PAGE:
You made it through the academy. You will always remember the graduation ceremony when your first badge was pinned on your chest. Most of the important people in your life were there, too.
Then, there was that first roll call. You were introduced to your first Field Training Officer (F.T.O.) There were four phases, lots of D.O.R.s peppered liberally with fives and a few butt-chewing sessions. You finally made it.
At last, there was the ritual eagerly awaited by EVERY rookie: The Off-Probation Party.
DO I LOOK DIFFERENT?
Maybe – just maybe – you start seeing yourself a little differently.
Average citizens are routinely call you, “Sir.”
People are asking your opinion on a whole bunch of topics. “Me?” you think.
Your Mom or Dad asks you to help them make a decision. A few years ago, it seems you didn’t know squat. Hmmmm.
NO ONE EVER TALKED ABOUT THIS STUFF
You can drive as fast as you please. When responding to a call for service, you figure, “If they called for help now, they must want it now.” There is the occasional close-call, but ‘no harm – no foul,’ right?
The sarge pops you a couple of times and tells you to cool it on the driving speed. You dutifully nod – and keep your thoughts to yourself.
If you get stopped in your POV for speeding, you get cut loose as soon as the other cop sees your tin.
These days, the local restaurants recognize you – in and out of uniform. Lunch is on the house. The local Stop-and-Rob is only too happy to keep you in free drinks while you hang out in their store.
Every business owner likes having the public see police cars regularly in the parking lot. It’s like an unspoken endorsement of the place.
Then, there are the starry-eyes kids who look up at you as though you are God.
This is pretty sweet, isn’t it?
THE BADGE AND BOOZE
I could write, “We’ve all been there,” and it would mean nothing.
Instead, I will write, “I’ve been there.”
After the shift is over and your gear is safely tucked away in your locker, you head to the local watering hole for a few pops with the rest of the crew.
You don’t’ really keep track of how many because a full one just keeps appearing the moment the current one gets below half empty.
When it’s time to pay-up, you still don’t know. You’ve been there for a few hours and the tab comes to only five dollars.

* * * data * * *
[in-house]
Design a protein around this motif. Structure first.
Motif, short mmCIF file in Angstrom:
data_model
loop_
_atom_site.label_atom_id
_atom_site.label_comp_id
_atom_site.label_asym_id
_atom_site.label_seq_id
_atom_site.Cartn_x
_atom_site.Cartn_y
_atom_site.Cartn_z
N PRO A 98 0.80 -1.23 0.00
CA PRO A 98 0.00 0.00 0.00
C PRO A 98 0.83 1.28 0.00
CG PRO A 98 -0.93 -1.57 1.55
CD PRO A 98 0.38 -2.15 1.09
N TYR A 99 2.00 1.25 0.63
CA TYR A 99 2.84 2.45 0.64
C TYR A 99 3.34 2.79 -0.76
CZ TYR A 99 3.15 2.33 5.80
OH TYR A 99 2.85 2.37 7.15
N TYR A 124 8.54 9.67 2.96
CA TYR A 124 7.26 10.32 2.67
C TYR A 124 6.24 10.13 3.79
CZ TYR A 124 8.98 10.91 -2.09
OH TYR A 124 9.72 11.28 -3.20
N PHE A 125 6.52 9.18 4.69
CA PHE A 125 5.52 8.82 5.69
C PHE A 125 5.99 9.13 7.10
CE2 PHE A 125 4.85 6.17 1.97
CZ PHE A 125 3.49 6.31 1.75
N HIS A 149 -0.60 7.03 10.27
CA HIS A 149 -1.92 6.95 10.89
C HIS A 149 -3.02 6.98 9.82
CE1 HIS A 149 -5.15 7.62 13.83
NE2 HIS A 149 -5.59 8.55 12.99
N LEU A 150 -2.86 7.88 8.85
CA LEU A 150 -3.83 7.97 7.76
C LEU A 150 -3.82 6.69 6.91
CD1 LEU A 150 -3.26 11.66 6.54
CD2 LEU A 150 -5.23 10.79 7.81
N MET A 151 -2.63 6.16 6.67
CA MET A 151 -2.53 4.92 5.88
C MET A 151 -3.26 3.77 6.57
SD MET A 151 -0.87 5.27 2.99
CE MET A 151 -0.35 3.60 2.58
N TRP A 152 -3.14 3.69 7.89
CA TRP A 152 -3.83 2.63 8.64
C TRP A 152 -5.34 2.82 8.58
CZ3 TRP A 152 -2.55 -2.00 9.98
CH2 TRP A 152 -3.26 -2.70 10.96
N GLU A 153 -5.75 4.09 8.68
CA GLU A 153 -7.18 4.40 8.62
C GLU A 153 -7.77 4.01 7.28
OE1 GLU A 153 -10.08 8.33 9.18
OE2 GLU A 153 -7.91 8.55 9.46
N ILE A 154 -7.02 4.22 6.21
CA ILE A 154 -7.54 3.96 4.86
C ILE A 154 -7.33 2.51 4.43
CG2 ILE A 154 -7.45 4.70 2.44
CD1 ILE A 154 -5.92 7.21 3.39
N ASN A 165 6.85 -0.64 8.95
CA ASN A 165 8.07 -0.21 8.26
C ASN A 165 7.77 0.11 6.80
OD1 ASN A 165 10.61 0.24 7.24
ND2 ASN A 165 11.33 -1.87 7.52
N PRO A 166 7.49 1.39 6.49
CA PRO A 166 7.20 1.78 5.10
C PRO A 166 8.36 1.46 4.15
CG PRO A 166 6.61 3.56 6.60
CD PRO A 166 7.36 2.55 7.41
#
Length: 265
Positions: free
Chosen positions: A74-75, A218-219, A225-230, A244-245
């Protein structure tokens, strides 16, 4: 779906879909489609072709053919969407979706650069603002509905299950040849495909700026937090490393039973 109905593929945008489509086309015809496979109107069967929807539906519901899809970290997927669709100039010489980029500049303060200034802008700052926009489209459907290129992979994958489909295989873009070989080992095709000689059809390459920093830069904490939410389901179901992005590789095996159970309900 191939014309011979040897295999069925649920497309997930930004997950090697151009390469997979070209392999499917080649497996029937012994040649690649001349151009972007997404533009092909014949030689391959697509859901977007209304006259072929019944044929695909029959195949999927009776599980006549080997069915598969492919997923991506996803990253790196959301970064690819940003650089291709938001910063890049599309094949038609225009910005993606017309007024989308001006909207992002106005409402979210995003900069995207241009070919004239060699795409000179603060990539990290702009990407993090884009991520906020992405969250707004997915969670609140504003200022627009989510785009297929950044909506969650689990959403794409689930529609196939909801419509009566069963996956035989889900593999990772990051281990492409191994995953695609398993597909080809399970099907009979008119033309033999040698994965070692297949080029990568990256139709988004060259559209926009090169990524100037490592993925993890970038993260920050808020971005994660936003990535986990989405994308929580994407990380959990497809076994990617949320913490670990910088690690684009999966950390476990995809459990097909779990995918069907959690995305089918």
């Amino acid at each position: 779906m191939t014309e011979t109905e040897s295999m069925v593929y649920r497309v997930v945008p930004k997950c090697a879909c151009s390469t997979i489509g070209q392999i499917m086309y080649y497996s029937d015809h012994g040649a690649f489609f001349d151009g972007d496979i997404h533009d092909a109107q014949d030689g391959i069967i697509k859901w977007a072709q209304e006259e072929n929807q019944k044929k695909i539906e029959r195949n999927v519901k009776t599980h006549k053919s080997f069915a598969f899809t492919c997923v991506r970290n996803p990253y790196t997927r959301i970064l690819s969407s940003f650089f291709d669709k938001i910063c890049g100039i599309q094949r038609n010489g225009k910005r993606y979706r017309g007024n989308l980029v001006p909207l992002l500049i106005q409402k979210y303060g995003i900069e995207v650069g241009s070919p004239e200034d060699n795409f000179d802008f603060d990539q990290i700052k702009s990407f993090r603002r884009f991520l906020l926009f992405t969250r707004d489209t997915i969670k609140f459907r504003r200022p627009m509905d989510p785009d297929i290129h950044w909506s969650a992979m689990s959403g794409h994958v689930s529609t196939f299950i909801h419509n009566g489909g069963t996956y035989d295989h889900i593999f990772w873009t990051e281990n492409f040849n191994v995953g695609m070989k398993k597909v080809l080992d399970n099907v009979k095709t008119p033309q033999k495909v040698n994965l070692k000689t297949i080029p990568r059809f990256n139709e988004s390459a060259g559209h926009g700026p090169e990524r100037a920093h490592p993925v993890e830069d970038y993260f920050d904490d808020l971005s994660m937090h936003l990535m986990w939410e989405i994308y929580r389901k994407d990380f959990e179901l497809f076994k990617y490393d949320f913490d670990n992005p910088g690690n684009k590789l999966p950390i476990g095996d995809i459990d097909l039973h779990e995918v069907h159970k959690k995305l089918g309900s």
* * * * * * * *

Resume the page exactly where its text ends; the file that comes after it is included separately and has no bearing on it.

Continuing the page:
Crazy, huh? But, true.
On the way to your car, you are thinking to yourself that you know better than to do this. But now that you are invincible, you figure: “What the Hell?” and off you drive.
If you get stopped by a Brother in Blue, he will likely either look the other way and cut you loose or get you a ride home.
Do the rules get ‘bent’ for a cop occasionally? Do the employees at Kohl’s get an employee discount? YES, on both counts.
There are lots of situations that allow a situation to be “fixed” so that everyone walks away clean.
Other times, it just can’t happen.
Cops cannot repeal the laws of gravity.
Cops cannot repeal the laws of inertia.
Cops cannot repeal the laws of physics.
Not even professional courtesy will alter these – and other fundamental laws.
WAR STORY #1
I worked on a gig in Flint for a few years. I made some tight friendships. One of the guys became my lifting partner in the gym. He was a bull moose.
On paydays, at the end of the shift, a whole tribe of cops swarmed into GBI – a local watering hole. Over a period of months, my buddy was getting a little too intimate with the bottle.
He assured me that all would be fine and he was cooling it.
One night, after a few pops, my good buddy was the at-fault driver in an injury accident. He got popped for OIUL/DUI.
It damn-near cost him his career. Though he remained a cop, the incident put a negative cast over him which affected his life for years to come.
WAR STORY #2
I opened an email early one morning this past week.
I was informed that a twenty-nine year old cop from the next town was killed in a wreck overnight. He was pronounced DRT at 0145.
He was off duty in his personal pickup truck. Preliminary report indicated the vehicle left the road, rolled and ultimately struck a tree. This happened in the city where the officer worked.
He would have made his two-year anniversary next month.
Now, the family is making funeral arrangements. Twenty-nine years old. A young cop. Full of piss-and-vinegar.
The badge changes your life – forever.
IT DOES NOT MAKE YOU INVINCIBLE
Think about what you are doing.
Be reasonable in your actions.
Too often, young cops become enamored with the changes in their lives. They can start to believe that they are ‘super-human.’ They aren’t.
If it were your funeral and people were stepping up to the podium to say something about you, what would these people say knowing that your body lies before them due to alcohol, driving and poor judgement:
Your seven year old son
THINK. PLEASE THINK
We need you.
You are my brother. I love you and want you to be around for a very long time.
At the bottom line, it’s all about saving just ONE life.
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